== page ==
Altrincham WW2 

Stanley Brownhill

Ship/Rgn/Sqn No:102 Sqn RAFVR
Name of Rgt or Ship:Bomber Command
Country of burial:FranceGrave Photo:Yes
Cemetery or Memorial:Abbeville Communal Cemetery
Town Memorial:Altrincham
Extra Information:
Attended Bradbury College.   Keen on table tennis and played for St.
Margaret's Institute.   Employed by David Morrison & Sons (Auctioneers),
Altrincham.      He was 21 in September 1942.

He joined the RAF early in 1940 and went to Miami University, USA to study
had been promoted to Sergeant/Navigator in November 1942.

Flying with 102 Sqn, they took off at 1702hrs from R.A.F. Pocklington,
Yorkshire, in a Halifax Mk.II, No. W7911 DY, on a bombing operation over
Mannheim.     No other details, other than the fact there were 7 crew lost,
3 of whom were Canadians.   They are all buried together in Abbeville Comm.

His parents had business premises at Shaws Rd and George St, Altrincham.  
His elder brother, Alan, aged 24, was at an Empire Air Training School in

M.I. - "At the going down of the sun and in the morning we will remember

Also mentioned in the 26/03/43 edition of the local newspaper.      See
Express Advertiser - 19th November 1992.

No 102 Squadron, RFC, was formed at Hingham, Norfolk, in August 1917, and
from September 1917 until the Armistice served on the Western Front as a
night-bomber squadron equipped with FE2b's; its duties included night
bombing of enemy airfields, railheads and billets, night reconnaissance and
the machine-gunning of troops and transport. During its service on the
Western Front the squadron dropped a total of almost 365 tons of bombs, 317
tons of which were dropped between 21st March 1918 - the day on which the
Germans launched their spring offensive - and the Armistice. Trains were
bombed on 93 occasions and transport on 113 occasions. 

Disbanded in 1919, No 102 re-formed in 1936 as a heavy bomber squadron and
when war came again it was flying Whitleys. On the second night of the war
- 4/5th September 1939 - three of its Whitleys dropped propaganda leaflets
on the Ruhr.

When the next leaflet raid was made - again on the Ruhr - four nights
later, two of the six crews involved failed to return. Subsequently it was
learned that one of these crews had forced - landed in then neutral Belgium
and had been interned, and that the other had forced - landed in Germany
and been made prisoners of war.

The squadron's first bombing attack of the war was made on 12/13th December
1939, when a Whitley engaged on a security patrol of Sylt attacked what
appeared to be lights indicating a seaplane alighting area.

Italy's declaration of war on 10/11th June 1940, brought a swift reply. The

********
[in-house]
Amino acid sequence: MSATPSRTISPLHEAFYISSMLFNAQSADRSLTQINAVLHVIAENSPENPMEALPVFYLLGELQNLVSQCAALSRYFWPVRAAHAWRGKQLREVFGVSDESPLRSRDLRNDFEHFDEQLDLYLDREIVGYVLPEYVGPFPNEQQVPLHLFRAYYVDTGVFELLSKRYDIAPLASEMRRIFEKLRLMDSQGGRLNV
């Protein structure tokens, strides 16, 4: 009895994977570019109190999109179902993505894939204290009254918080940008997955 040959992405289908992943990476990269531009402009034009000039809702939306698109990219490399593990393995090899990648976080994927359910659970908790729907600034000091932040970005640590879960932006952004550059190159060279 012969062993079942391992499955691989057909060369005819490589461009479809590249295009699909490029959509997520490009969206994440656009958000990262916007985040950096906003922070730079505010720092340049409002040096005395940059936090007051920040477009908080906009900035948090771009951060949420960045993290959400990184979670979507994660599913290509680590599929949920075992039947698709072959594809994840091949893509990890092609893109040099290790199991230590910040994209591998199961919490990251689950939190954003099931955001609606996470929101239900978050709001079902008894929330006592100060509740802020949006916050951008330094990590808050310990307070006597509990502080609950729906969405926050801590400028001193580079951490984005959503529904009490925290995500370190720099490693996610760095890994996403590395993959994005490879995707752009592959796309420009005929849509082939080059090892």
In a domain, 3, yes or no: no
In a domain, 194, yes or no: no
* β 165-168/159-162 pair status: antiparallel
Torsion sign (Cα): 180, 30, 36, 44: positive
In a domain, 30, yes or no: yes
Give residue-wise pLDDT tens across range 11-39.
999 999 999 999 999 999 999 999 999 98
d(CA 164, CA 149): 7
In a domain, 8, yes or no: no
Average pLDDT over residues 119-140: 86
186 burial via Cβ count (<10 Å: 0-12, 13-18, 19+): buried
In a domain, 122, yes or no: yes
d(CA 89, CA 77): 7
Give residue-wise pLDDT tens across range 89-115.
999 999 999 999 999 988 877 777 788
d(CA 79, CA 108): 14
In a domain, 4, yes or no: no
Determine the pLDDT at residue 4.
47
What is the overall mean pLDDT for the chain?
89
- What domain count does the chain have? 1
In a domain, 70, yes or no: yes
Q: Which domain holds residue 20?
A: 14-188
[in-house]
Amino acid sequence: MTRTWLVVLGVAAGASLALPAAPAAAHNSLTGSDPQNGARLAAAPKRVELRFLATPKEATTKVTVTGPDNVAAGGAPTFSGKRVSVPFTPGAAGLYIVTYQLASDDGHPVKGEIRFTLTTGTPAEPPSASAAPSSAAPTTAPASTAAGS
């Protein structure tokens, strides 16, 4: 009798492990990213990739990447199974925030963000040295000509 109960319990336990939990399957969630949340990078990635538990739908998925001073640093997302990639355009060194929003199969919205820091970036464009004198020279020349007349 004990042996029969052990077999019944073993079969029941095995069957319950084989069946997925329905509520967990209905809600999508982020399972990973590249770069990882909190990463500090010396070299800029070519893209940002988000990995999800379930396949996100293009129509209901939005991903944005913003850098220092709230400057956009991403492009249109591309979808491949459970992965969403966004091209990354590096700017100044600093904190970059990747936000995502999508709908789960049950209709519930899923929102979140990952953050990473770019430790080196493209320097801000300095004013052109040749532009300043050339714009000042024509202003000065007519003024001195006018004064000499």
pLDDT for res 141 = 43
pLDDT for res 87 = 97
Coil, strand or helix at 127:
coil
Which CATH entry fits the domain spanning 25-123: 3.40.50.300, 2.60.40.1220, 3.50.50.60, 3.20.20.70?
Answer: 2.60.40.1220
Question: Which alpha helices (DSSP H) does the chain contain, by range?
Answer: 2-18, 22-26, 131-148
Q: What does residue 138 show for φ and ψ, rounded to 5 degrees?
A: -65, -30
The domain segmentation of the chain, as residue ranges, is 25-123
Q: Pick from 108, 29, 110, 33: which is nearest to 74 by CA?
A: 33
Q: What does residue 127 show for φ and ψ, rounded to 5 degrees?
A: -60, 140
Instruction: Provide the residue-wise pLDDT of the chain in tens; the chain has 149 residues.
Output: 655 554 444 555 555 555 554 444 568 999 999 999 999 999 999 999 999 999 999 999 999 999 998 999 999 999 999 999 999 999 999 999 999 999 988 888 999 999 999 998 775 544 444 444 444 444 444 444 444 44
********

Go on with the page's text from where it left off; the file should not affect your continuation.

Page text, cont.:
following night seven of the squadron's Whitleys set out from an advanced
base in the Channel Islands (Jersey airport) to attack the Fiat Works at
Turin. Thunderstorms and severe icing were encountered and five aircraft
had to return early. The other two reached Turin, where one bombed the
primary target whilst the other bombed an alternative target.

No 102 Squadron will always be associated with the name of Leonard
Cheshire. On the night of 12/13th November 1940, Pilot Officer - as he then
was - GL Cheshire was captain of Whitley V P5005 "N - Nuts" detailed to
attack an oil refinery at Wesseling, not far from Cologne. It appears that
he arrived in the target area within a few minutes of the ETA but owing to
intercom trouble was unable to discover his exact position until some
twenty minutes later, by which time the target was blanketed by cloud. He
decided to attack the railway marshalling yards at Cologne instead and
while he was approaching this target his aircraft was suddenly shaken by a
succession of violent explosions. The cockpit filled with black fumes and
Cheshire lost control of the aircraft, which dived about 2,000 feet, with
its fuselage on fire. Cheshire regained control, the fire was extinguished
and the Whitley, with a gaping hole in its fuselage, was brought safely
back to base after, being in the air for 81/2 hours. Cheshire gained an
immediate DSO. He was later awarded the DFC for operations with No 102

In 1942 No 102 Squadron re-equipped with Halifaxes and continued with
aircraft of this type for the rest of the European war. It took part in
each of the three historic 1,000-bomber raids in May/June 1942, and, later,
in the battles of the Ruhr, Hamburg, and Berlin. It was well to the fore in
the pre-invasion attacks on railway communications in Northern France and
on the eve of D-Day sent 26 aircraft - the largest number it had yet
dispatched - to bomb an enemy gun battery on the coast of Normandy. In
September/October 1944, it undertook the transportation of petrol to
Belgium for the Second Army and in just over one week carried 134,250
gallons without mishap. In the great day and night 1,000 - bomber attacks
on Duisburg in the closing stages of the war some of its crews made two
round trips within twenty-four hours.

Among the awards gained by its personnel were 5 DSOs 115 DFCs, two bars to
the DFC, and 34 DFMs.

On 7th May 1945, No. 102 was transferred to Transport Command and in
September moved to Bassingbourn to convert to Liberators for trooping
duties to India which began in January 1946, but on the 28 February the
Squadron was disbanded. On 20 October 1954, No. 102 was reformed at
Gutersloh with Canberras as a light bomber unit and on 20 August 1956 was
renumbered No. 56 Squadron. On 1 August 1959 the Squadron's number was
given to a Thor strategic missile unit at Full Sutton which was disbanded
on 27 April 1963.

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